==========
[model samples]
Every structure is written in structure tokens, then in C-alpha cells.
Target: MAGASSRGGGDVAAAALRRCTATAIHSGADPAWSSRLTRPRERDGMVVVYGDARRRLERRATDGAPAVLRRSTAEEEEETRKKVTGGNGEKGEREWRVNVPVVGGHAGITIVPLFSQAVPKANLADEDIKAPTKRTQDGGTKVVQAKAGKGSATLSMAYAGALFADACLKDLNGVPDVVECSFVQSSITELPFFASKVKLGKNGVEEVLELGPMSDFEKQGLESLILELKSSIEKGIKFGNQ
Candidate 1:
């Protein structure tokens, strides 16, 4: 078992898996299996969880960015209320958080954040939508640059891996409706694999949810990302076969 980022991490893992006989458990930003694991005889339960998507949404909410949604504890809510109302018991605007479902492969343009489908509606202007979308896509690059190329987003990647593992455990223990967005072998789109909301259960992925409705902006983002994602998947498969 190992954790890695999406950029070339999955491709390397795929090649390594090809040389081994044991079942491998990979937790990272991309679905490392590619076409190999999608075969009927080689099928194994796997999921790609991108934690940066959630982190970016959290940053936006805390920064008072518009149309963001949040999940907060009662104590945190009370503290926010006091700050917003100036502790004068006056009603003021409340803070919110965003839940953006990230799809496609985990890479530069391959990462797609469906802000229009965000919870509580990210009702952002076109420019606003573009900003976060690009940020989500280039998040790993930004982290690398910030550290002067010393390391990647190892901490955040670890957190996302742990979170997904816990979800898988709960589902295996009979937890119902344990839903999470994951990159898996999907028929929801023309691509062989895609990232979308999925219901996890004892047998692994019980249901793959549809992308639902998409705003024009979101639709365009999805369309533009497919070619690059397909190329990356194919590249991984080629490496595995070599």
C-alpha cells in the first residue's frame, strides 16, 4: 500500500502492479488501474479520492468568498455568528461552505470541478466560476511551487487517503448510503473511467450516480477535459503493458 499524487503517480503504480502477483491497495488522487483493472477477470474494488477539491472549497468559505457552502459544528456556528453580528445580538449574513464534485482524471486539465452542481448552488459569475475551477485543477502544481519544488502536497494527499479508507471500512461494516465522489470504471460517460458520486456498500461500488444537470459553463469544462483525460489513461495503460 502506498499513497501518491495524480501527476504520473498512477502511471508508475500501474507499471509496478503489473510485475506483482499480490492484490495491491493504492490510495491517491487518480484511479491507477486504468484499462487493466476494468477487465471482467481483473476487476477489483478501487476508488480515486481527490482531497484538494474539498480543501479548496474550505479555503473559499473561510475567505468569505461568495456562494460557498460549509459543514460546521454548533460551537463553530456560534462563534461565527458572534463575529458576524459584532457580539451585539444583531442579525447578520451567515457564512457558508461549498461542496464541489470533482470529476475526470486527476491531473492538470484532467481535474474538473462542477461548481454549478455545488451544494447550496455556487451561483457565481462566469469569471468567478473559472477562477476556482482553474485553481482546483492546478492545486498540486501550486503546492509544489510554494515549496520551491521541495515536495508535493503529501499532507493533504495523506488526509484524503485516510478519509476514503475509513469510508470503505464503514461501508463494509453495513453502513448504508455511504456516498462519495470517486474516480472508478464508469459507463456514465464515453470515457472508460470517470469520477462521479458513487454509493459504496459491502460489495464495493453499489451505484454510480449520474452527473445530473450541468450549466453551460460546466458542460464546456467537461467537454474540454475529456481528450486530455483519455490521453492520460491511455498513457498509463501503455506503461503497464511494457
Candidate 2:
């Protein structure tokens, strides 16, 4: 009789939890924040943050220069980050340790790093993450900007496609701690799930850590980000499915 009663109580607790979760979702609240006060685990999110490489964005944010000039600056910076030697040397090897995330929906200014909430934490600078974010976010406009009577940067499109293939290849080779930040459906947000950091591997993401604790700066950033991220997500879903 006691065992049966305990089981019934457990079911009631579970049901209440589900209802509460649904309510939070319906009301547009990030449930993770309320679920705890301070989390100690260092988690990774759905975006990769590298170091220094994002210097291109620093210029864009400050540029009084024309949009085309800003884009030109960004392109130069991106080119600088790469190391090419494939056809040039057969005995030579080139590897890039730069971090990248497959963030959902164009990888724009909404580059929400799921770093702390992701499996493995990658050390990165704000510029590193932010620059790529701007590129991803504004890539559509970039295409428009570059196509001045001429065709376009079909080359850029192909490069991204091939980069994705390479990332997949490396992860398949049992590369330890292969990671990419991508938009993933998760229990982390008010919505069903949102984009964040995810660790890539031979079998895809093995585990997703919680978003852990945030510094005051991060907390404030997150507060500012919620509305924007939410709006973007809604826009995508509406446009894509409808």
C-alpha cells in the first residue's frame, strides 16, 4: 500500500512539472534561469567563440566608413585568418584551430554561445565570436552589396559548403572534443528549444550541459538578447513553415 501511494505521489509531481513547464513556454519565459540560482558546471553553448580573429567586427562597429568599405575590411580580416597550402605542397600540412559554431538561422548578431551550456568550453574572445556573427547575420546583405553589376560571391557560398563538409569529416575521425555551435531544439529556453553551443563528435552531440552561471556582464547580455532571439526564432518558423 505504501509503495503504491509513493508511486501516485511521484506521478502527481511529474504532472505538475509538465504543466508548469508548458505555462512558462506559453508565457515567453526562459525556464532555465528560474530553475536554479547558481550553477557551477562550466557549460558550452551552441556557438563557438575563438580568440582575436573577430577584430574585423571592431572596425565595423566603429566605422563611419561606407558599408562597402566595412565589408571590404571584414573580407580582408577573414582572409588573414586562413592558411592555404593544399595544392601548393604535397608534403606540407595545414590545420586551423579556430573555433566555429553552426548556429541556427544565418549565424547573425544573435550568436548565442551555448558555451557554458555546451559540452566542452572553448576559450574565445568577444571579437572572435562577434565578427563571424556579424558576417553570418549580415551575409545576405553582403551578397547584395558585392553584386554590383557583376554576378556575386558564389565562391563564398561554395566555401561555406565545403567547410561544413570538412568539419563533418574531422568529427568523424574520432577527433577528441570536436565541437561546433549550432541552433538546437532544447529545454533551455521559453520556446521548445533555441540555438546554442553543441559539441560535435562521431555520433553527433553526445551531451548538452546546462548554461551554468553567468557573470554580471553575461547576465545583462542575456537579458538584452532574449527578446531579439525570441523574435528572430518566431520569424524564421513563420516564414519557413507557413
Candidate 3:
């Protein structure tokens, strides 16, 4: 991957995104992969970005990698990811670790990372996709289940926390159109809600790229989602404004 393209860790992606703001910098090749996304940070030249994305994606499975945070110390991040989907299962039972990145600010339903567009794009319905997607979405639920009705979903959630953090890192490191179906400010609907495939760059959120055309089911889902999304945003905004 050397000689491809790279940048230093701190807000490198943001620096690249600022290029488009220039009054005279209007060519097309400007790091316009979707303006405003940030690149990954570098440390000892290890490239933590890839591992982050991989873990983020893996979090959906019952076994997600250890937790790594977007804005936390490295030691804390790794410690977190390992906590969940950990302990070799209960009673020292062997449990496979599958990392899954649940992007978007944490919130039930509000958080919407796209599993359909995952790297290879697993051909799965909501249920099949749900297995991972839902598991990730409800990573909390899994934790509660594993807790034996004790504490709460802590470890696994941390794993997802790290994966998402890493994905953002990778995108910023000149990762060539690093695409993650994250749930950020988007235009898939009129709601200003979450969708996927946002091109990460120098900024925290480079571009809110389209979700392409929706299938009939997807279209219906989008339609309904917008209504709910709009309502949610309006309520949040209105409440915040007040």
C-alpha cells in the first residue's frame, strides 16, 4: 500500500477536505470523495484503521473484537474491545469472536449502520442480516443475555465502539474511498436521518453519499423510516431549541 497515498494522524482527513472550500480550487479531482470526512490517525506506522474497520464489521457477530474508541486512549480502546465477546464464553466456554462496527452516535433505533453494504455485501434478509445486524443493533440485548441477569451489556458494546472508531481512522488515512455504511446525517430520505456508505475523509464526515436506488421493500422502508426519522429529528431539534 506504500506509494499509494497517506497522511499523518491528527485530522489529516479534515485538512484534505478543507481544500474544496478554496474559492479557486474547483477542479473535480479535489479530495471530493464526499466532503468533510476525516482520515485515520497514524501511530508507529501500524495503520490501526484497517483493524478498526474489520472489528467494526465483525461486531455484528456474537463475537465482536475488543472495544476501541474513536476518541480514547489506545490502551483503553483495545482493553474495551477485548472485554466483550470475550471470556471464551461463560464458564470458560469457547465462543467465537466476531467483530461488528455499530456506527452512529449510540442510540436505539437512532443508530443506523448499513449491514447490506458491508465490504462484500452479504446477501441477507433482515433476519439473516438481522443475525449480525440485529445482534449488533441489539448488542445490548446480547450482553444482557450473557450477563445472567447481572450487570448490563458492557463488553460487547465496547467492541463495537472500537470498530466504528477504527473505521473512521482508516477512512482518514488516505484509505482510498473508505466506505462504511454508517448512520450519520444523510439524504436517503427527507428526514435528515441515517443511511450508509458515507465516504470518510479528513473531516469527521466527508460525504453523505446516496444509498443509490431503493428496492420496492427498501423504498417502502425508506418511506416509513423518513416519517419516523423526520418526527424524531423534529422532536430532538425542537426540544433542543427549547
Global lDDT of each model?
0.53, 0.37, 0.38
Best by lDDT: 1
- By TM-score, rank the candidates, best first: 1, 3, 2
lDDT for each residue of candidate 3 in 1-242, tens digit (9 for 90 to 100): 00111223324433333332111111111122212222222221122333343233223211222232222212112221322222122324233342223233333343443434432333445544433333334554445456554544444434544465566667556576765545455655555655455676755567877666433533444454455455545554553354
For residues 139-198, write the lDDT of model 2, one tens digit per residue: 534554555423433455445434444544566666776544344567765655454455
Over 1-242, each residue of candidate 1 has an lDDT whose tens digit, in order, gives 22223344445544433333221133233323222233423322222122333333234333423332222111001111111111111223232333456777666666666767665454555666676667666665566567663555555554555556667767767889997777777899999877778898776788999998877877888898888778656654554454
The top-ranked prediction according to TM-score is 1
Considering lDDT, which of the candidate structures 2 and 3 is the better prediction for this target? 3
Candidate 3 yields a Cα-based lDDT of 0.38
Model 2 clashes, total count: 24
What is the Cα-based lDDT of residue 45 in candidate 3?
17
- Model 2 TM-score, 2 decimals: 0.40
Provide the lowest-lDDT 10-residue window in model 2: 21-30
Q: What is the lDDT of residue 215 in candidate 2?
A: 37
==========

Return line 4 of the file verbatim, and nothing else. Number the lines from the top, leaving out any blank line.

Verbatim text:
Candidate 1: